The Strange Death Of Founding Father George Wythe

The groundbreaking early American judge and jurist George Wythe lived a long and triumphant life. Born in Virginia in 1726, he was admitted to the bar around the age of just 20, and over the course of numerous accomplishments during the next six decades of his life, went on to have a singular influence on American law and education. As the country's first law professor, he was also considered an essential mentor to several key figures in early American politics, including the third president of the United States, Thomas Jefferson himself, who in his autobiography described Wythe as "my faithful and beloved mentor in youth, and my most affectionate friend through life." In 1776, Wythe was one of the signatories of the Declaration of Independence.

But like politics itself, life in the early years of the United States could be a dirty business. And though Wythe was well respected as a public figure, his death in 1806 was deeply sinister: A suspected poisoning at the hands of a relative, his grand-nephew and namesake George Wythe Sweeney.

A household poisoned

George Wythe took great pleasure in education and helping young minds to reach their full potential. Through his mentorship of Thomas Jefferson and over 30 other frontline political figures, Wythe had come to exert a subtle but widespread influence on the political landscape of the United States during its earliest years as a young country in search of an identity.

Wythe continued his teaching into old age, and, at the time of his death, had numerous people living in his home whom he had taken on as students. According to the Tennessee Bar Association, these included Michael Brown, a former enslaved of the Wythe family whom the law professor — who was an abolitionist though not a particularly vocal one — had "freed" following the death of his second wife in 1787. As well as Brown, another of Wythe's former enslaved, Lydia Broadnax, lived and worked in the house on a paid basis.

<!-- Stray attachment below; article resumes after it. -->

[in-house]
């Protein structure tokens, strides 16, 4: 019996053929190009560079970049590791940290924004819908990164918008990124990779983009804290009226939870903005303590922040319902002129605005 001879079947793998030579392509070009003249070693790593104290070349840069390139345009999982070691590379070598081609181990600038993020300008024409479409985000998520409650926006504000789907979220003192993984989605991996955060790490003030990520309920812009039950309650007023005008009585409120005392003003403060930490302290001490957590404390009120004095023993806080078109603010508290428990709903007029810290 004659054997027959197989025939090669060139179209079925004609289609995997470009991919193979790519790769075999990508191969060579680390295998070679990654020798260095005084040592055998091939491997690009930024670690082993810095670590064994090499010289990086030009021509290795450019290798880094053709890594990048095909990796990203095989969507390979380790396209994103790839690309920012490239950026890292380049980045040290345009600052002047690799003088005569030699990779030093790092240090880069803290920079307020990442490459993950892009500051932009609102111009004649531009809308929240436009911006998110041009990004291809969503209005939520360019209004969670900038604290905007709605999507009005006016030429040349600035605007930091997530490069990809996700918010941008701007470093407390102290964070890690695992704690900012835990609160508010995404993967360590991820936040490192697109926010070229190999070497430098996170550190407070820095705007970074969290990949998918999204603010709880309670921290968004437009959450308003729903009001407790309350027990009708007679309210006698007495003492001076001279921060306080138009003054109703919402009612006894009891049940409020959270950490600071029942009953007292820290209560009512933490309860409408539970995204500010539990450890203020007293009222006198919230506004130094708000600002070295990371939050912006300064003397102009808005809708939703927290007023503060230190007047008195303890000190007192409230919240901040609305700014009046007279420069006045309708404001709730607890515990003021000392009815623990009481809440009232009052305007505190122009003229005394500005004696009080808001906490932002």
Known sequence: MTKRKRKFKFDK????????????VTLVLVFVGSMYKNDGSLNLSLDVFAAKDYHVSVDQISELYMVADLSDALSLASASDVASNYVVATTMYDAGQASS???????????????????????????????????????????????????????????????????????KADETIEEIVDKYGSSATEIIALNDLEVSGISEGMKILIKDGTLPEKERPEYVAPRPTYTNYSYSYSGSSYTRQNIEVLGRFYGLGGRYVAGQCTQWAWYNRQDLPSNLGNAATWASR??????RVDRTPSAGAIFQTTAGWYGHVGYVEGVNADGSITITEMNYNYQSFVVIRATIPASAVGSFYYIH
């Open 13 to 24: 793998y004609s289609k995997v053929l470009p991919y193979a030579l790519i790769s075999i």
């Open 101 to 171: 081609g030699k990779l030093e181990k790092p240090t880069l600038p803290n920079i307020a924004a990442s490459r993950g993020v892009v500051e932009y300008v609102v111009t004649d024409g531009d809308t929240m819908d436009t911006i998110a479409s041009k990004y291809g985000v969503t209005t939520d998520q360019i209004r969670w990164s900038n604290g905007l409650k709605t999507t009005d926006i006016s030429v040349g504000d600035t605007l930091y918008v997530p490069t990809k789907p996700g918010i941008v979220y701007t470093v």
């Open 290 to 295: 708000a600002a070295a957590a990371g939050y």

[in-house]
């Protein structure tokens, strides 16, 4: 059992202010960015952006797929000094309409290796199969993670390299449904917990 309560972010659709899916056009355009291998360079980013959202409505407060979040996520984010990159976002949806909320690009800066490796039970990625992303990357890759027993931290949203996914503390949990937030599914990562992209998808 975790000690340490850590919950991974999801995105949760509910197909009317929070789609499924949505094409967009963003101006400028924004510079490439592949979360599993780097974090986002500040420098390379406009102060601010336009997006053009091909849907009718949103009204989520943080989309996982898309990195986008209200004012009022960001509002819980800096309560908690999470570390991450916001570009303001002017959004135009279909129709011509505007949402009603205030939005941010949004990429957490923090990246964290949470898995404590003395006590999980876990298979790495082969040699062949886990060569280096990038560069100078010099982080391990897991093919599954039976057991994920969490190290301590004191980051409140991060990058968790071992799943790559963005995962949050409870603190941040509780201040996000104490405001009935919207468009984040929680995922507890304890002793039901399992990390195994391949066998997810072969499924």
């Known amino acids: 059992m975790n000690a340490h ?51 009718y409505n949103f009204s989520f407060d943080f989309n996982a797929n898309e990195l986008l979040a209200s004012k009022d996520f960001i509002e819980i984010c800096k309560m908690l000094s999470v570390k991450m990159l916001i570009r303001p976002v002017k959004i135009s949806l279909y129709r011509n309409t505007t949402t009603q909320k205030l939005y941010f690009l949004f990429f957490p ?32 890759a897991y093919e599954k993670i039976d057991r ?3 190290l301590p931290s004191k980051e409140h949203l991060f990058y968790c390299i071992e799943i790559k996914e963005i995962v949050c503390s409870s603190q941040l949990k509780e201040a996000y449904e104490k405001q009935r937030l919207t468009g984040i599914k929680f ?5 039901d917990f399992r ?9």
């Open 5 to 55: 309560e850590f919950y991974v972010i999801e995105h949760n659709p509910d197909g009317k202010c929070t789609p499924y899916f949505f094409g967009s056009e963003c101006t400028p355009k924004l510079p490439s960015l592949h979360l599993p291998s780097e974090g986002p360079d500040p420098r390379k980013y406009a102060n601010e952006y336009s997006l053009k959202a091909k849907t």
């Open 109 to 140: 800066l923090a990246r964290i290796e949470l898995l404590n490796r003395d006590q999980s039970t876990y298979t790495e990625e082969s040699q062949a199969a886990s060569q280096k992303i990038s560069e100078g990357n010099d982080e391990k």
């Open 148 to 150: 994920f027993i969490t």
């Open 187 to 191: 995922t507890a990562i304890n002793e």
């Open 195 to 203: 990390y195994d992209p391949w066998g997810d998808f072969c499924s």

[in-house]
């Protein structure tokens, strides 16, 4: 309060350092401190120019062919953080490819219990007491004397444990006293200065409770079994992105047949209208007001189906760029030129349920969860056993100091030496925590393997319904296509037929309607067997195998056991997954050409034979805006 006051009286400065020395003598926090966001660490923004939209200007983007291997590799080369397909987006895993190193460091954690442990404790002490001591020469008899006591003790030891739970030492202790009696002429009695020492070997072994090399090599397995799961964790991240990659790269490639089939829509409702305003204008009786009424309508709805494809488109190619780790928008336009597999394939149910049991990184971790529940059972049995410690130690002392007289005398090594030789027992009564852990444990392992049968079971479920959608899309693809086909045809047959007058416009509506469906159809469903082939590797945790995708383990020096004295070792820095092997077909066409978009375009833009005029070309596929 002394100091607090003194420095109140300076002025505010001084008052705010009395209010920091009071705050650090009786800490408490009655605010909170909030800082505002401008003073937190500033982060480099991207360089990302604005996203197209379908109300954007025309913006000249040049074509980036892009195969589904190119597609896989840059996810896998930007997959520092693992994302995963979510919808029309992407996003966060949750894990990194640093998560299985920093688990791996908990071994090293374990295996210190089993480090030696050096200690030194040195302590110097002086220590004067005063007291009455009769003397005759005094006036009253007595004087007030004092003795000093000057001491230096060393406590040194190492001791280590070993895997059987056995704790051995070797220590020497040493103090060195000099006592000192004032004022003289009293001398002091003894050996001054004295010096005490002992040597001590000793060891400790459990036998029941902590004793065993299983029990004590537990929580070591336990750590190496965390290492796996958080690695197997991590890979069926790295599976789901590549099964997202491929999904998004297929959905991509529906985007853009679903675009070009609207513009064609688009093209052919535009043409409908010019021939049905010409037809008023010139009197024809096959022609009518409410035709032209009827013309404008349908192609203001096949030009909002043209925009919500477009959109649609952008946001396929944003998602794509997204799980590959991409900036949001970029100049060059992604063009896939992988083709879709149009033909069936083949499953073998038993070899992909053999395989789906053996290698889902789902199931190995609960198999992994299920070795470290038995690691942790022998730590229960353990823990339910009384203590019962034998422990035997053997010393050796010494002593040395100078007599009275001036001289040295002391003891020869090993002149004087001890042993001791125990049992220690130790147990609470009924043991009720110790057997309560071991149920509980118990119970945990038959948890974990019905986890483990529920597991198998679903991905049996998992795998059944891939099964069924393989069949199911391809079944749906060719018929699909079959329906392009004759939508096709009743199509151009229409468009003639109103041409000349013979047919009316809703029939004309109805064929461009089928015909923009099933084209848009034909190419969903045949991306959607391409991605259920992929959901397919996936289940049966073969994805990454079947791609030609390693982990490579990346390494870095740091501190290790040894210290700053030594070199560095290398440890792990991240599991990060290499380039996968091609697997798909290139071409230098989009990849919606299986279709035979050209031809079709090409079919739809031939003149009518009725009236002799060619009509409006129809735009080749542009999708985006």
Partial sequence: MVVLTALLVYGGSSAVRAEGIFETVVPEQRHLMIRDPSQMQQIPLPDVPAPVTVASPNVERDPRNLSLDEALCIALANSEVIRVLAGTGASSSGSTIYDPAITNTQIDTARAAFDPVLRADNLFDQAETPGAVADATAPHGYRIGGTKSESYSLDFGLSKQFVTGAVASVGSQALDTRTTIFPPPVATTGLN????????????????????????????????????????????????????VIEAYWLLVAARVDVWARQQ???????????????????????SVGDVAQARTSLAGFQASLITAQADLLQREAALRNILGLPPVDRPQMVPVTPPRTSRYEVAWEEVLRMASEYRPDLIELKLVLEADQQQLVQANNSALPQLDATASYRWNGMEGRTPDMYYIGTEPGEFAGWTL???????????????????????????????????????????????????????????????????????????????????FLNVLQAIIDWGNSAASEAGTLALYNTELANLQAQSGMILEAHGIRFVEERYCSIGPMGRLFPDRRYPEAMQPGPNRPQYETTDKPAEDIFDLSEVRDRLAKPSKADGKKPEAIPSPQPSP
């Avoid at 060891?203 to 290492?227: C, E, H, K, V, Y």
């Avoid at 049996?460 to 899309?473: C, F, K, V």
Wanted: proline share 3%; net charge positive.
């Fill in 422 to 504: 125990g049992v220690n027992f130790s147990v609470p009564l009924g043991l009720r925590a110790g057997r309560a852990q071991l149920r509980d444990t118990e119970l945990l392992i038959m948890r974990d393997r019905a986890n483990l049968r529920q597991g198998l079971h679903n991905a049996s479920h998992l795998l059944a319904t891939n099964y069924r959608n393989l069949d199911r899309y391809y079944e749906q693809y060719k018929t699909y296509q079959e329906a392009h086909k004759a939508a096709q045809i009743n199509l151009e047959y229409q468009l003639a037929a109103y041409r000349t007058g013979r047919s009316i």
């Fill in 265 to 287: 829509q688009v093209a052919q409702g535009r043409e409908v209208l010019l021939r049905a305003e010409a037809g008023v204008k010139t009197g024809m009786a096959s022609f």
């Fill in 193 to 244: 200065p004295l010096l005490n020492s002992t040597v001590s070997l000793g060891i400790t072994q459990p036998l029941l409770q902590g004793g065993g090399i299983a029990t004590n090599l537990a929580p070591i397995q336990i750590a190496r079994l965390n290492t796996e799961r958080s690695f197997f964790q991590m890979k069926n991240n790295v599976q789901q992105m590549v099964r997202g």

Also living in the house was George Wythe Sweeney, who at the time was a teenager and something of a waster. Wythe was convinced, however, that he could mentor the wayward Sweeney and persevered with him. But it is believed that on May 25, 1806, Sweeney poisoned the household's morning coffee, possibly with arsenic. Broadnax fell seriously ill, Brown died within a week, and Wythe two weeks later.

The arrest of Sweeney — and the reason his trial failed

Though the fatal illnesses were originally believed to have been due to an outbreak of cholera, George Wythe Sweeney was finally implicated in the deaths of George Wythe and Michael Brown after being caught trying to pass forged checks in Wythe's name. According to the Tennessee Bar Association, a search of his room led to the discovery of several samples of the fatal poison — in a nearby smokehouse that Sweeney used as a workshop.

The teenager was arrested and put on trial for murder and forgery. It is assumed that his motive was chiefly financial: Sweeney was a gambler who had accrued debts in the space of a few years. He was due to receive an inheritance from his great-uncle upon his death, though as Wythe was still healthy and active Sweeney possibly grew impatient. There was also the fact that Wythe had made provisions in his will for Brown and Broadnax, too. By poisoning the whole household, Sweeney could have received a greater proportion of the inheritance. But as it turned out, Wythe disinherited his assumed murderer during the agonizing two weeks he remained alive following the poisoning.

But Sweeney was acquitted, for one simple reason. The prosecution's case against Sweeney relied on testimony from Broadnax, but at the time, evidence from Black witnesses was not admissible in Virginia courtrooms. So Sweeney got off with killing one of the Founding Fathers, and though he was convicted of two counts of forgery, he never served any prison time and later left the state.